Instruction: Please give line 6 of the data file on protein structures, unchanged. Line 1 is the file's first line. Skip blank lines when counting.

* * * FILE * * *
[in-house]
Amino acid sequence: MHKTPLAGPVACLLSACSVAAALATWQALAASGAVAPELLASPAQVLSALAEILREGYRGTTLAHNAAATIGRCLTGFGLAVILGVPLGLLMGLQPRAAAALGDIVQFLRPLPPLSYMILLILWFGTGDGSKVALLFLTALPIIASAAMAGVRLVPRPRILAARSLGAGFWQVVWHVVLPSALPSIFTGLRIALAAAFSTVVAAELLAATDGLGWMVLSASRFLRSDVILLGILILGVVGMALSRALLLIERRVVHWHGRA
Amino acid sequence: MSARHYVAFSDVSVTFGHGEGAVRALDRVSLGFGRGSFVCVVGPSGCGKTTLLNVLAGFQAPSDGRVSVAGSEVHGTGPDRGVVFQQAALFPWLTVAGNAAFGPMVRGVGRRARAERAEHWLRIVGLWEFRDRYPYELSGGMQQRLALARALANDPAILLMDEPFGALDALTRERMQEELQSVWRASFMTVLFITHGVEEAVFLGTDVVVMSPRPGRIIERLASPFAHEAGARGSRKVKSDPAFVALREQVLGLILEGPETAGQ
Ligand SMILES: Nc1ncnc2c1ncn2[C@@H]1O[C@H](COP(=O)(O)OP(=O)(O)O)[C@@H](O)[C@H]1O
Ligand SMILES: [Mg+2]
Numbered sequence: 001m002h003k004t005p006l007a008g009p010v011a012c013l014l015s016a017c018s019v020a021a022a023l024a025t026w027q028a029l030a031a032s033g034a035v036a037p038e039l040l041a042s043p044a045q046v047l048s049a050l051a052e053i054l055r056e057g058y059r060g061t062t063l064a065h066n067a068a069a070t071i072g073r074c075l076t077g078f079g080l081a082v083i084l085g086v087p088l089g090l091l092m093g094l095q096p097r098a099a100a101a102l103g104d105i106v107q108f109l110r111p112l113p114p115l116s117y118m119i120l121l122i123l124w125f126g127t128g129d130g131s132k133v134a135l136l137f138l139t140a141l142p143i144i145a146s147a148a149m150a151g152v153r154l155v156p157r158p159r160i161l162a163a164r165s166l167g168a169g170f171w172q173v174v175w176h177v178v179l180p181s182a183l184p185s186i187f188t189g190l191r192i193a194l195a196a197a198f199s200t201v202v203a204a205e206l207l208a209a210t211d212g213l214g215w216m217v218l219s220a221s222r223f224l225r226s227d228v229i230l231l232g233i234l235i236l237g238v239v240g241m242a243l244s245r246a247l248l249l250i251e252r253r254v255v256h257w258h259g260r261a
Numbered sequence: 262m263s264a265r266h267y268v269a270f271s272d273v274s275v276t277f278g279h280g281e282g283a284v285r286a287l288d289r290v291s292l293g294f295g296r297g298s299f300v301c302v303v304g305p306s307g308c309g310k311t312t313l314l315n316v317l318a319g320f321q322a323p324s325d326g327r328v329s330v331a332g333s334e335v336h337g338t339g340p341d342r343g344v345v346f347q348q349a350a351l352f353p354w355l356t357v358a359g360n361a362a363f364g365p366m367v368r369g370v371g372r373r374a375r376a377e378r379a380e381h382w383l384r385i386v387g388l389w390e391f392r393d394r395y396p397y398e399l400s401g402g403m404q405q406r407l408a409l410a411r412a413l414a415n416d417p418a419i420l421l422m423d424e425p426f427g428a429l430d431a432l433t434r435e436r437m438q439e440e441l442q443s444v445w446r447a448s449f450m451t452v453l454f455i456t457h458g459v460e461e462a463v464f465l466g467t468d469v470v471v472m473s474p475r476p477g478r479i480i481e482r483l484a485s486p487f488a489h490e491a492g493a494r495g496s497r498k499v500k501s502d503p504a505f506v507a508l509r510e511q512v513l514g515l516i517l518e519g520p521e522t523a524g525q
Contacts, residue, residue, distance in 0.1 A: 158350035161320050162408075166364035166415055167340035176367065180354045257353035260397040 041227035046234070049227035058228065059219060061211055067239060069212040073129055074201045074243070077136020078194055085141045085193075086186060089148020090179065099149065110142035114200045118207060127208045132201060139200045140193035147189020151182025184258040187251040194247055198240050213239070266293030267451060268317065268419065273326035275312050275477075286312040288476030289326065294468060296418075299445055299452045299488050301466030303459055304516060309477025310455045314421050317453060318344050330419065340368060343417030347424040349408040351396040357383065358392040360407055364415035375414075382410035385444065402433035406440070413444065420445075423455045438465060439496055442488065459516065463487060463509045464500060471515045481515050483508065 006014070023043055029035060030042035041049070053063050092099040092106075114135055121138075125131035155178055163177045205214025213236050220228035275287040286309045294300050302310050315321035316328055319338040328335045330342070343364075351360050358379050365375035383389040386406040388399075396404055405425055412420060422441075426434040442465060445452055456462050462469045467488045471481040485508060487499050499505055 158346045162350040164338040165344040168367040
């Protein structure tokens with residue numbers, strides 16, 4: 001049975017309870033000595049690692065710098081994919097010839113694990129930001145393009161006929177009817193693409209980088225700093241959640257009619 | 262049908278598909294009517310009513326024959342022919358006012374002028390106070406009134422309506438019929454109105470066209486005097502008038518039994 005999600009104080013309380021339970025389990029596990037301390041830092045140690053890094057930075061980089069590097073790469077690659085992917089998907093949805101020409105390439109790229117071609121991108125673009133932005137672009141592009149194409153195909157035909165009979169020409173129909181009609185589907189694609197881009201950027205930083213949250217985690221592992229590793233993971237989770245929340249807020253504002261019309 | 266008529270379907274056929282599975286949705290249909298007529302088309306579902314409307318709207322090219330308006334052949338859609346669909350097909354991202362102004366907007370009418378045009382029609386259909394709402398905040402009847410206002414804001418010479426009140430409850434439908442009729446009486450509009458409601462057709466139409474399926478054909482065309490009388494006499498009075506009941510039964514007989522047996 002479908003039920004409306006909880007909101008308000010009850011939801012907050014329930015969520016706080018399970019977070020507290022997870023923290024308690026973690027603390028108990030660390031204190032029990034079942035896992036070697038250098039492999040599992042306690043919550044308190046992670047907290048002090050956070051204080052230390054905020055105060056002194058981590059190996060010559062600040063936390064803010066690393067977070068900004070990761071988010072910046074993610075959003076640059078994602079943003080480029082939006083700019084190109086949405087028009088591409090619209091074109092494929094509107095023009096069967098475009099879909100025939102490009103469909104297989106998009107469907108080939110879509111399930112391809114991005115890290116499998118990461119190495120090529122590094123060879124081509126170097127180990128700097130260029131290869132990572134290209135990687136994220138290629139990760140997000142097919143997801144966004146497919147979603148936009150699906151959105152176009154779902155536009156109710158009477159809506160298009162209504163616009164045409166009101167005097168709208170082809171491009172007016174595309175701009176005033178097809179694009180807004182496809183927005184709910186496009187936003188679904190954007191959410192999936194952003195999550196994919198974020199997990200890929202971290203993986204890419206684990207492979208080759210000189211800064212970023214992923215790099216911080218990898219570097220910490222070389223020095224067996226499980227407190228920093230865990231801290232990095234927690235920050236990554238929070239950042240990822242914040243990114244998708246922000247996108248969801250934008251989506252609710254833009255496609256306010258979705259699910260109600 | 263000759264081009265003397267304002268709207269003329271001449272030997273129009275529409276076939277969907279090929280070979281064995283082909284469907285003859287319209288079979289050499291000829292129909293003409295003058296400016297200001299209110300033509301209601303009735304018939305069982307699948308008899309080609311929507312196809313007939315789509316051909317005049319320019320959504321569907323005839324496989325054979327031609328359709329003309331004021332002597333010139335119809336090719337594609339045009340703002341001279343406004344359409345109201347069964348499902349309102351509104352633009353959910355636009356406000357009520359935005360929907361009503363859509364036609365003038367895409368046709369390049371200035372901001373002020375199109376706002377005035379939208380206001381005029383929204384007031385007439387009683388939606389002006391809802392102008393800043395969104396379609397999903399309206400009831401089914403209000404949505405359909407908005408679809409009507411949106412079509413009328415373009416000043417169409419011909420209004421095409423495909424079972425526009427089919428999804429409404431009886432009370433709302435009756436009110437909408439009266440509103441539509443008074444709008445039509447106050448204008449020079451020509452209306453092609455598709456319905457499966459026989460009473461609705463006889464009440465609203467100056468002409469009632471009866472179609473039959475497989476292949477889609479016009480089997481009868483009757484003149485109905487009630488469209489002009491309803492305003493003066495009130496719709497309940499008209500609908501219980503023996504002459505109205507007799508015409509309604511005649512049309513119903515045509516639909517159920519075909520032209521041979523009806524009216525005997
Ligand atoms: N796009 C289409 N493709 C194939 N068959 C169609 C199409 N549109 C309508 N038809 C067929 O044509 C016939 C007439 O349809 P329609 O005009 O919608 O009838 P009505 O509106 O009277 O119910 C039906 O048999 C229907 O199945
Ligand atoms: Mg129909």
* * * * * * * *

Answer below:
Numbered sequence: 001m002h003k004t005p006l007a008g009p010v011a012c013l014l015s016a017c018s019v020a021a022a023l024a025t026w027q028a029l030a031a032s033g034a035v036a037p038e039l040l041a042s043p044a045q046v047l048s049a050l051a052e053i054l055r056e057g058y059r060g061t062t063l064a065h066n067a068a069a070t071i072g073r074c075l076t077g078f079g080l081a082v083i084l085g086v087p088l089g090l091l092m093g094l095q096p097r098a099a100a101a102l103g104d105i106v107q108f109l110r111p112l113p114p115l116s117y118m119i120l121l122i123l124w125f126g127t128g129d130g131s132k133v134a135l136l137f138l139t140a141l142p143i144i145a146s147a148a149m150a151g152v153r154l155v156p157r158p159r160i161l162a163a164r165s166l167g168a169g170f171w172q173v174v175w176h177v178v179l180p181s182a183l184p185s186i187f188t189g190l191r192i193a194l195a196a197a198f199s200t201v202v203a204a205e206l207l208a209a210t211d212g213l214g215w216m217v218l219s220a221s222r223f224l225r226s227d228v229i230l231l232g233i234l235i236l237g238v239v240g241m242a243l244s245r246a247l248l249l250i251e252r253r254v255v256h257w258h259g260r261a